“Sloppy, sloppy,” said CBS color analyst Adam Archuletta in reference to today’s contest between the Cincinnati Bengals and the Cleveland Browns. Sloppy, sloppy was right. I don’t mean to complain, and I’m ecstatic that the Bengals finally got that Brown elephant off their back, but can we up the production value? Geez.
It certainly wasn’t a fun game to watch. Between all the penalties, stuffed run plays and the excruciating time-suck that was several coaching challenges, it seemed like the general strategy for the Browns was to bore the Bengals and Paycor Stadium into submission. Thankfully, their plan backfired. Hopefully head referee Jerome Boger has a good ice pack ready, because he’s going to be awfully sore tomorrow after throwing up all those holding calls.
In between all the flying yellow flags were a series of plays that contributed to the overall strangeness of the game. On the Browns first drive of the game, instead of taking the near-sure-thing that is the QB-sneak with a yard to go, the Browns went for the endzone and turned the ball over on downs. In the third quarter, the Bengals ran a reverse play for Ja’Marr Chase that looked dead-on-arrival. Once again, Joe Burrow had an interception versus Cleveland that was a result of a tipped pass.
It was an ugly game, but the Bengals did just enough on offense and defense to win. Players stepped up on both sides of the ball, the Bengals run defense was top notch, and the Joe-to-Ja’Marr was as spectacular as ever. The Bengals never really had what you would call a “comfortable” lead, but they kept the Browns at arm's length for most of the day.
Maybe this is just the Grand Bargain that the Bengals made with the football gods to keep defeating the Kansas City Chiefs. No other team has the Chiefs number like the Bengals, and no team has the Bengals number, at least since Burrow took over in 2020, like the Browns. But hey, a win is a win, and even if the Bengals are destined to be in nasty, nail-biters with the Browns until the end of time, deep playoff runs, and Super Bowl appearances are worthy compensation.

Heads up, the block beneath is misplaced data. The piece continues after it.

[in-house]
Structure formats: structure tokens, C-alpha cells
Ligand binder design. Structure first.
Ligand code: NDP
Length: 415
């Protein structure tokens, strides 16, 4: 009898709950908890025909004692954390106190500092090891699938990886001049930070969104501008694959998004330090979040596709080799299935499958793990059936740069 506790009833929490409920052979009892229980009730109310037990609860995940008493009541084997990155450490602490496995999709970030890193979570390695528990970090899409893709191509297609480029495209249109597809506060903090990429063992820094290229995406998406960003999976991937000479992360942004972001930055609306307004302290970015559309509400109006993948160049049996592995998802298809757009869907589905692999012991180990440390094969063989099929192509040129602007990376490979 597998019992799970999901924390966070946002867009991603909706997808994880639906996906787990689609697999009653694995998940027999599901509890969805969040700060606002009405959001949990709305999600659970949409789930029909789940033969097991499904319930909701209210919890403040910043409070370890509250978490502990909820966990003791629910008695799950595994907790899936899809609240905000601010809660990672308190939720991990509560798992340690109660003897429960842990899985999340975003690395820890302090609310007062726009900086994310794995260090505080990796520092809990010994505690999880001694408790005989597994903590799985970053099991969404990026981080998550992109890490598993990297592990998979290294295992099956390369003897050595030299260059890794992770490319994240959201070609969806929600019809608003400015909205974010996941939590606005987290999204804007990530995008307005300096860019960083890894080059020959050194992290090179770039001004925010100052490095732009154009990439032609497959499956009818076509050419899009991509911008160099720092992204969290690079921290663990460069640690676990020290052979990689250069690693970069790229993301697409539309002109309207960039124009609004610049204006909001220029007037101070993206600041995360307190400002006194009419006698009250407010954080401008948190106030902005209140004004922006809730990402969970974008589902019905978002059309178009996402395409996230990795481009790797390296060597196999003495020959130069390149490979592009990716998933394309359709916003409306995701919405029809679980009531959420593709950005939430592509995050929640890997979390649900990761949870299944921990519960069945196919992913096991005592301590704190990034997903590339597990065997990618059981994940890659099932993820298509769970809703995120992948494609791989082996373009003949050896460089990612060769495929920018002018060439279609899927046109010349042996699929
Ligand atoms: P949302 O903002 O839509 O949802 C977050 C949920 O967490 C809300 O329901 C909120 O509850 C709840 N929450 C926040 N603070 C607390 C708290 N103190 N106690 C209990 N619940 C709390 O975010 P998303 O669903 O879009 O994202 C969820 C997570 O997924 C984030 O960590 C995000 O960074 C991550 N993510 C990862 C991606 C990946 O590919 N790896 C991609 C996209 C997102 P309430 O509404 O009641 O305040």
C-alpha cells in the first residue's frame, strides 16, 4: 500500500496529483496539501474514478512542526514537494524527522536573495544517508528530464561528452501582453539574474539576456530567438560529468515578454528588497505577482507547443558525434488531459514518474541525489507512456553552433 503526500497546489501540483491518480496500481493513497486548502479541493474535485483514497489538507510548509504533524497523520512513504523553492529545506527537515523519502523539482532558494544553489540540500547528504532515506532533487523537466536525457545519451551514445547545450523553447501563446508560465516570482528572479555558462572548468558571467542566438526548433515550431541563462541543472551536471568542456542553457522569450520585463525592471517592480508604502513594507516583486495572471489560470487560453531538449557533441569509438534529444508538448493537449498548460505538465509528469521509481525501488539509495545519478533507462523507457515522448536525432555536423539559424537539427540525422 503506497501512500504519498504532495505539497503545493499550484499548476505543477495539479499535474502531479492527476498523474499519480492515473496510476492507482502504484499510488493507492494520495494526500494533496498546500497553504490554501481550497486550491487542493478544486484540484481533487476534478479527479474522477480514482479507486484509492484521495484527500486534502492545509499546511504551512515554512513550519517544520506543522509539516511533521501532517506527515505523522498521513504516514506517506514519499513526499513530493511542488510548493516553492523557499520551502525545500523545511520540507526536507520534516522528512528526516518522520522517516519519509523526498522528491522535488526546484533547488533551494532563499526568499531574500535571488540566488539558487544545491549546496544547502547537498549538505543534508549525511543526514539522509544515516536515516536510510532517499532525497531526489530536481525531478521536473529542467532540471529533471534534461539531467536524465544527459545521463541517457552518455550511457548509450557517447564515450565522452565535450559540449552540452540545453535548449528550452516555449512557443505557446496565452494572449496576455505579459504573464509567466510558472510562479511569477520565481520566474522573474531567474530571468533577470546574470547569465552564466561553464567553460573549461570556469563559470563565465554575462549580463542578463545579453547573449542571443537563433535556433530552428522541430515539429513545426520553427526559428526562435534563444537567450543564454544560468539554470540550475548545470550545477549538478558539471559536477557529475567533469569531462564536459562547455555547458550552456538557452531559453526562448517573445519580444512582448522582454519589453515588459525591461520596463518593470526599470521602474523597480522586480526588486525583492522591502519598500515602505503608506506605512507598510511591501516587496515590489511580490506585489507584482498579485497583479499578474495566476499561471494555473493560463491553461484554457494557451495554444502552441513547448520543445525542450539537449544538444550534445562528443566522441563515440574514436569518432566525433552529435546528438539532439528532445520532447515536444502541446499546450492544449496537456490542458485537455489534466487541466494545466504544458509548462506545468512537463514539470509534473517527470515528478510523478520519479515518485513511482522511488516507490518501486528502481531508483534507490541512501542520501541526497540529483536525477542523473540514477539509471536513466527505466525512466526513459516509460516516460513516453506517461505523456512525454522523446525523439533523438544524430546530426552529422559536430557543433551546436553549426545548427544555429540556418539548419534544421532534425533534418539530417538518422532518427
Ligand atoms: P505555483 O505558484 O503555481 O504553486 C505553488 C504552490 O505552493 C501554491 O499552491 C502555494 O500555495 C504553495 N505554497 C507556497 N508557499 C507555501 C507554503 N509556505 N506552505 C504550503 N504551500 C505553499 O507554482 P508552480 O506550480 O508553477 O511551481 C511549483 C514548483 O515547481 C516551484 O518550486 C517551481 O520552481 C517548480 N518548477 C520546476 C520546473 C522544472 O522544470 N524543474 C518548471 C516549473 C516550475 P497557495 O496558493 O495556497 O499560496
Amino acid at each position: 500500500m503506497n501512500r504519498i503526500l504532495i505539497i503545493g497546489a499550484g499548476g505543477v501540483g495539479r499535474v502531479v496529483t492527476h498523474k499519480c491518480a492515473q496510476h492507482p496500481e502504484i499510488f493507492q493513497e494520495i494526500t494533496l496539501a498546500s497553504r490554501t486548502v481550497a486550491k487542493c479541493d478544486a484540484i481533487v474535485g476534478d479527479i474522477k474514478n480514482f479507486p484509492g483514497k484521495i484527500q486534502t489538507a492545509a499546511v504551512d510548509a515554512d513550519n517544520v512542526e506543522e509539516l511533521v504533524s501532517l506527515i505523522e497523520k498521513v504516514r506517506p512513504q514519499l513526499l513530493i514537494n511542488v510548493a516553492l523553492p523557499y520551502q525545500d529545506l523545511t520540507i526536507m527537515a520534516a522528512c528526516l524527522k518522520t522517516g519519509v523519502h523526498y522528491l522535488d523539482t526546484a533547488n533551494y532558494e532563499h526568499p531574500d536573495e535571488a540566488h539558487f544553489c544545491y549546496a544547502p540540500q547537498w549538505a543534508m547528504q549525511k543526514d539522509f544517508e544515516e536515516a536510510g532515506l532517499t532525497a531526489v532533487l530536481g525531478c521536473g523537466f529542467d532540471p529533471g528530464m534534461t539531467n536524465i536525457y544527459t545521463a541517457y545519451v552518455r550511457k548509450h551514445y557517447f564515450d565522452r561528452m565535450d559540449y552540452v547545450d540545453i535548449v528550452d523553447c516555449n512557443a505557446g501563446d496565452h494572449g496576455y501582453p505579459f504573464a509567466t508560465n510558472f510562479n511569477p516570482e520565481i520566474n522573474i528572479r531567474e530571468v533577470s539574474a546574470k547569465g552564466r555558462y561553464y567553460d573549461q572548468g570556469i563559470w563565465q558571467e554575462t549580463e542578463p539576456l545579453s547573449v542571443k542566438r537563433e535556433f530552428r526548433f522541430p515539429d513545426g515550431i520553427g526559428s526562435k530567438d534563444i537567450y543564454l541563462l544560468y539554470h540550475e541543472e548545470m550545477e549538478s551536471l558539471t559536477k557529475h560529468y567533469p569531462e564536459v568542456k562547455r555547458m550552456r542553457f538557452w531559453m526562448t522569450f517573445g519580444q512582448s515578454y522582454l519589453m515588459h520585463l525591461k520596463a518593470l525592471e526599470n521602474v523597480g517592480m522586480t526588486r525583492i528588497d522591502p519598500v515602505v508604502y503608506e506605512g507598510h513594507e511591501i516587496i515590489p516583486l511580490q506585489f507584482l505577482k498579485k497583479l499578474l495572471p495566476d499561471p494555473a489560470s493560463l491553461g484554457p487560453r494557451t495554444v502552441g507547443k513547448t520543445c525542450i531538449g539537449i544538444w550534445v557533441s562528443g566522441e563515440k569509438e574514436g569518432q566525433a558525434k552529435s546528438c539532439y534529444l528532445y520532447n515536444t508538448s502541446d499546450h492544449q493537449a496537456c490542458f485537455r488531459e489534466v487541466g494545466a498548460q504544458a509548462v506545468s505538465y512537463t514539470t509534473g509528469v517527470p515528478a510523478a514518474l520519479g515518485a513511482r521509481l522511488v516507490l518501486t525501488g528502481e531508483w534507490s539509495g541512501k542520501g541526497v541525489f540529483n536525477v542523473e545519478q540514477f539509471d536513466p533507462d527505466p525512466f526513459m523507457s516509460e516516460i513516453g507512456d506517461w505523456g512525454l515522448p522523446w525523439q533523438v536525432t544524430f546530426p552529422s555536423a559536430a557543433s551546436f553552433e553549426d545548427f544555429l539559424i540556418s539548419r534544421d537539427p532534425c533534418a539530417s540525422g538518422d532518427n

As has become customary over the Bengals last ten-ish games or so, unheralded players continue to make plays in the critical moments. There was Trent Taylor, who stepped up for an injured Tyler Boyd to have a fabulous catch-and-run to set up a Semaje Perine (who else) touchdown run. There was Trenton Irwin, who continued to be a revelation with a humongous 45-yard touchdown off a flea-flicker in the third quarter. And, of course, there was the defense, which made life miserable for the Browns throughout the day.
But the Bengals stars stepped up, too. Joe-to-Ja’Marr was automatic, even though Chase was being covered by Browns Pro Bowl corner Denzel Ward nearly the entire game. Stud nose tackle D.J. Reader was a one-man-wrecking crew, nearly single-handedly suffocating the Browns run game and making himself a household name in the process. On the back end, safety Jesse Bates III jumped a route and came up with a critical interception.
This was a very important game for the Bengals - not just because they finally got over the hump and beat the Browns, but because the schedule (I probably don’t need to tell you) doesn’t let up from here. Here’s the Bengals next four games: at Tampa Bay, at New England, home versus Buffalo, home versus Baltimore.
Beating Cleveland wasn’t a win to write home about, but it kept the Bengals on the postseason-track. Sometimes, and especially this late in the season, that’s all you need. And this Bengals team understands that better than anybody.